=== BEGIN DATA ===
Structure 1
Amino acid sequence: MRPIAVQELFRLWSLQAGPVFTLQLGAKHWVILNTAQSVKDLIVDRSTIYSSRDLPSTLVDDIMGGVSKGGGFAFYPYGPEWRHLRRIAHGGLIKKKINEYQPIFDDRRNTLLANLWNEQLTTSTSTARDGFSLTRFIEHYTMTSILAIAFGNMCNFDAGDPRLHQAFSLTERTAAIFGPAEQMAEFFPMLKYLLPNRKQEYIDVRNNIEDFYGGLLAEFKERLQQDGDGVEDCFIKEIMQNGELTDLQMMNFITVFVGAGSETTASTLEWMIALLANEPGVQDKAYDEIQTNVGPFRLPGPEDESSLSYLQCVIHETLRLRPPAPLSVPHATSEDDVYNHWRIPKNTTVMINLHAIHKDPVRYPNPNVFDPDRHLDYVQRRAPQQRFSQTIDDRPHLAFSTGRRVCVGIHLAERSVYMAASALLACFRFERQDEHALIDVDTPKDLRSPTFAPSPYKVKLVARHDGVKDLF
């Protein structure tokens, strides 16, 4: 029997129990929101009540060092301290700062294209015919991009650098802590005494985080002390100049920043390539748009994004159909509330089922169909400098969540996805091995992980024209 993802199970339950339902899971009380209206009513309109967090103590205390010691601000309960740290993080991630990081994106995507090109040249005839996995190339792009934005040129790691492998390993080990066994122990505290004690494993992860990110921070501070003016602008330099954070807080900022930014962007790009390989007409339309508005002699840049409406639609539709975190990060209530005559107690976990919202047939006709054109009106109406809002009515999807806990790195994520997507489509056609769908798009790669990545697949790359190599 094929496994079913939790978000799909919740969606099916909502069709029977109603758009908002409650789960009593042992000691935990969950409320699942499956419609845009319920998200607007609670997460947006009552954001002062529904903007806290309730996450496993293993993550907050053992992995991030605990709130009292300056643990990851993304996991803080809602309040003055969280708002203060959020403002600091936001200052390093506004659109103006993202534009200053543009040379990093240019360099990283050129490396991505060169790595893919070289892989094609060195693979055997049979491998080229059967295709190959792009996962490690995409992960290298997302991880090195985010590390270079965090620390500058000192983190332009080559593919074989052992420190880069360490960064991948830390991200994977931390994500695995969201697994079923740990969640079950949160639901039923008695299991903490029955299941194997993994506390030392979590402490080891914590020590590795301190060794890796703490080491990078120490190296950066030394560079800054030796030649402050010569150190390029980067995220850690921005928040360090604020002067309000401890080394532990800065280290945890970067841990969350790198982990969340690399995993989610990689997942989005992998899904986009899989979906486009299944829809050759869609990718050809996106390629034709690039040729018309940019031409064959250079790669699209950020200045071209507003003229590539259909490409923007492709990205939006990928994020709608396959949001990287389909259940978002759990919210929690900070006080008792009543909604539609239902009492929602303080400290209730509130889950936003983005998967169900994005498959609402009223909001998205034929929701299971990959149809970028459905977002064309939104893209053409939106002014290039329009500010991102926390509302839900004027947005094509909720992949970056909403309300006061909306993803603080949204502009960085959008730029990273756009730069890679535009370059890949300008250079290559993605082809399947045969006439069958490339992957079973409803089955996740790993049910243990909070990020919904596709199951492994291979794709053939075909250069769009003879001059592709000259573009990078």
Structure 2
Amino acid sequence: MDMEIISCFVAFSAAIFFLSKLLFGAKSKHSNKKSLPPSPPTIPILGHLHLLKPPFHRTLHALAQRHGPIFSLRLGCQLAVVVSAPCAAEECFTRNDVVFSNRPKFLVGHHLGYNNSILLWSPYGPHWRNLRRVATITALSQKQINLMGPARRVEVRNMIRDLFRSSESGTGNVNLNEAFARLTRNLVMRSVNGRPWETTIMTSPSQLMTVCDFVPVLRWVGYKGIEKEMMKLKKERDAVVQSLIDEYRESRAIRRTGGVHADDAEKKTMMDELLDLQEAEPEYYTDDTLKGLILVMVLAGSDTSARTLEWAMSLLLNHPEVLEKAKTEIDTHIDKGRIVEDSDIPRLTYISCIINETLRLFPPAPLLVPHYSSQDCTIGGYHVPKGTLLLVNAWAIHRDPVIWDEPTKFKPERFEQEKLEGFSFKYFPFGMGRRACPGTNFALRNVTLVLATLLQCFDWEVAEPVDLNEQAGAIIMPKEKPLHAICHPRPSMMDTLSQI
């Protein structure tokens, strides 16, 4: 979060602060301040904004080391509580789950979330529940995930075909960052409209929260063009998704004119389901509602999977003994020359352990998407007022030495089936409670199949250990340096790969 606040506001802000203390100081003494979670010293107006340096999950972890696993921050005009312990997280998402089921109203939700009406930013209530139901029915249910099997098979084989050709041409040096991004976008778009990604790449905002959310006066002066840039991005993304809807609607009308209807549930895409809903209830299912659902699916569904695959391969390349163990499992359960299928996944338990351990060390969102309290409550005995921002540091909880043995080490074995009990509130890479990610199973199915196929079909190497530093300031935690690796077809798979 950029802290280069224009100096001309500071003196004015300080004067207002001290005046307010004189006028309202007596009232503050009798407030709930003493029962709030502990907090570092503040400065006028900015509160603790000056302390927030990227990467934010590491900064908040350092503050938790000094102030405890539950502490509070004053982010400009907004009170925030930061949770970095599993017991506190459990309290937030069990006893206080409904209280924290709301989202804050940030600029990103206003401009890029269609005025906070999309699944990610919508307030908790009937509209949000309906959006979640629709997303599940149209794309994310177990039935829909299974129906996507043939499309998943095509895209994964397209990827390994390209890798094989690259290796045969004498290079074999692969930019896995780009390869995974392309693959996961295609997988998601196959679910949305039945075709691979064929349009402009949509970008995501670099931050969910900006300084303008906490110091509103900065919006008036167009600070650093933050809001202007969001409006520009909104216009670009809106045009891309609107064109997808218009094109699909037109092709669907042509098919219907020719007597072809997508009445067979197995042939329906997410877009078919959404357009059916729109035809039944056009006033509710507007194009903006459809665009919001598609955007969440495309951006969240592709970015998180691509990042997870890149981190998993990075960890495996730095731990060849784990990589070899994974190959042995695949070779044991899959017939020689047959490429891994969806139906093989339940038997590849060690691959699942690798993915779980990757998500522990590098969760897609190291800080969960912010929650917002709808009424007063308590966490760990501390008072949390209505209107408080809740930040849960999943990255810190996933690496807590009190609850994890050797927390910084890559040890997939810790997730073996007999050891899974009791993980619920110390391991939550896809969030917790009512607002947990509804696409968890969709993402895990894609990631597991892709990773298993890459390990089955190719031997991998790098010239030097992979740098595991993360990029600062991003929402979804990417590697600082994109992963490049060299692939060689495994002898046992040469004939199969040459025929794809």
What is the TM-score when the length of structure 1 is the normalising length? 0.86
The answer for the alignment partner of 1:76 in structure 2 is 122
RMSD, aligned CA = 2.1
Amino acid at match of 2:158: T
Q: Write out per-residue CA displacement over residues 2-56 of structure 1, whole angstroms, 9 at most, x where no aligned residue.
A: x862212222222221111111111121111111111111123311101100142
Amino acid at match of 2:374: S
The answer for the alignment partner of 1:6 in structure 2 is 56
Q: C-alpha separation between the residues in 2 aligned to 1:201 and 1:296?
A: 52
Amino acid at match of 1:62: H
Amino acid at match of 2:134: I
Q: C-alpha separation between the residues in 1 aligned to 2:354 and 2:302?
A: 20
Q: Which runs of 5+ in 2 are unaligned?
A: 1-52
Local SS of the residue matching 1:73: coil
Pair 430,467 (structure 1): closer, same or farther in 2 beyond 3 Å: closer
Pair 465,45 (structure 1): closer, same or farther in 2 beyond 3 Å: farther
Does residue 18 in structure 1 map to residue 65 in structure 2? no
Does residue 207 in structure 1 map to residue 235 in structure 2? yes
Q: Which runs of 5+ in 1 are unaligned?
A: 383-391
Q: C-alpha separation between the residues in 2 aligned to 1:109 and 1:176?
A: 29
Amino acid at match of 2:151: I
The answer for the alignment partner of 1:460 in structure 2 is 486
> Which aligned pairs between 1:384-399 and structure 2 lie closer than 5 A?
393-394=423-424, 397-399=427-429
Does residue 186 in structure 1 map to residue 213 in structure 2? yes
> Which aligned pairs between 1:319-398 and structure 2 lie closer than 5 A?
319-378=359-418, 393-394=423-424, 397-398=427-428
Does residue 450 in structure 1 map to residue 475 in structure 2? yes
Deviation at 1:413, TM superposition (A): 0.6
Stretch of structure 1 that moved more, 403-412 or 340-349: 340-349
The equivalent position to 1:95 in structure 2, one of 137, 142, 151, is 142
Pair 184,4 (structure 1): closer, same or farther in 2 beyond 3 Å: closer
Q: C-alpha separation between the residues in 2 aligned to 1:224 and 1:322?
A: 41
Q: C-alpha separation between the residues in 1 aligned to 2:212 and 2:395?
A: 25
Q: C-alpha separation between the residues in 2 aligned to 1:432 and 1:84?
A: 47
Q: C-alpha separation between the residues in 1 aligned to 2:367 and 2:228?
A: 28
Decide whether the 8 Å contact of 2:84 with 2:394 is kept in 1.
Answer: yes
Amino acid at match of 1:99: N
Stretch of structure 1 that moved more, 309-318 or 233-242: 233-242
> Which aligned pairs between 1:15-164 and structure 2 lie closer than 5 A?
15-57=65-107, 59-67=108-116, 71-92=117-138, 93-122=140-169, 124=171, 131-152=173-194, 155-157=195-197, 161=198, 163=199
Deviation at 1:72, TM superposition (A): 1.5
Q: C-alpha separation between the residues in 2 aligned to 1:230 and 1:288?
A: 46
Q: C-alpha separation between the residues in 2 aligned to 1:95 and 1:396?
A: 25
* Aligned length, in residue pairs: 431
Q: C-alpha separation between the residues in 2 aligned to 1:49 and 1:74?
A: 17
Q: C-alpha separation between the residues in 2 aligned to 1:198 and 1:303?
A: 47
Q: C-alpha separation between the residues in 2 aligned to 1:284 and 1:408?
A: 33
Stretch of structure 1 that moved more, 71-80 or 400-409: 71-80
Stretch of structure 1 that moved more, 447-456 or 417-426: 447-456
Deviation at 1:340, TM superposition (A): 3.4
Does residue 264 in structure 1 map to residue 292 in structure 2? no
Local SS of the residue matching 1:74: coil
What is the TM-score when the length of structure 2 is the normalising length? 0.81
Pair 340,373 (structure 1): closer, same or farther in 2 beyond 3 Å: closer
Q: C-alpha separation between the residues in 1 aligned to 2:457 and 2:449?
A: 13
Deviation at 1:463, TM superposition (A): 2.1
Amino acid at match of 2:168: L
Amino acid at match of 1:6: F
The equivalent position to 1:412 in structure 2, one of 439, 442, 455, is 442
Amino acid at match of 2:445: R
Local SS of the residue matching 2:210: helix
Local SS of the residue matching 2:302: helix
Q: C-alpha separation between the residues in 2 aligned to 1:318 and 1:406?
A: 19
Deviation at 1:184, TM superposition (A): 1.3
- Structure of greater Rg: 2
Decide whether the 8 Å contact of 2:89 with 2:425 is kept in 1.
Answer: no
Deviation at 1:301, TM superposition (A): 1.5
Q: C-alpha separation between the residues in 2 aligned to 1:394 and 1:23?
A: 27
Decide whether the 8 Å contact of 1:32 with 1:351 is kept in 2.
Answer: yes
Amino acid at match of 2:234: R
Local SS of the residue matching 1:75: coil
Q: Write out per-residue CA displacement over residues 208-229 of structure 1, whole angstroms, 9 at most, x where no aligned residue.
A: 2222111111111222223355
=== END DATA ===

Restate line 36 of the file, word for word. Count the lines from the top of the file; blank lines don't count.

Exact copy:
Does residue 186 in structure 1 map to residue 213 in structure 2? yes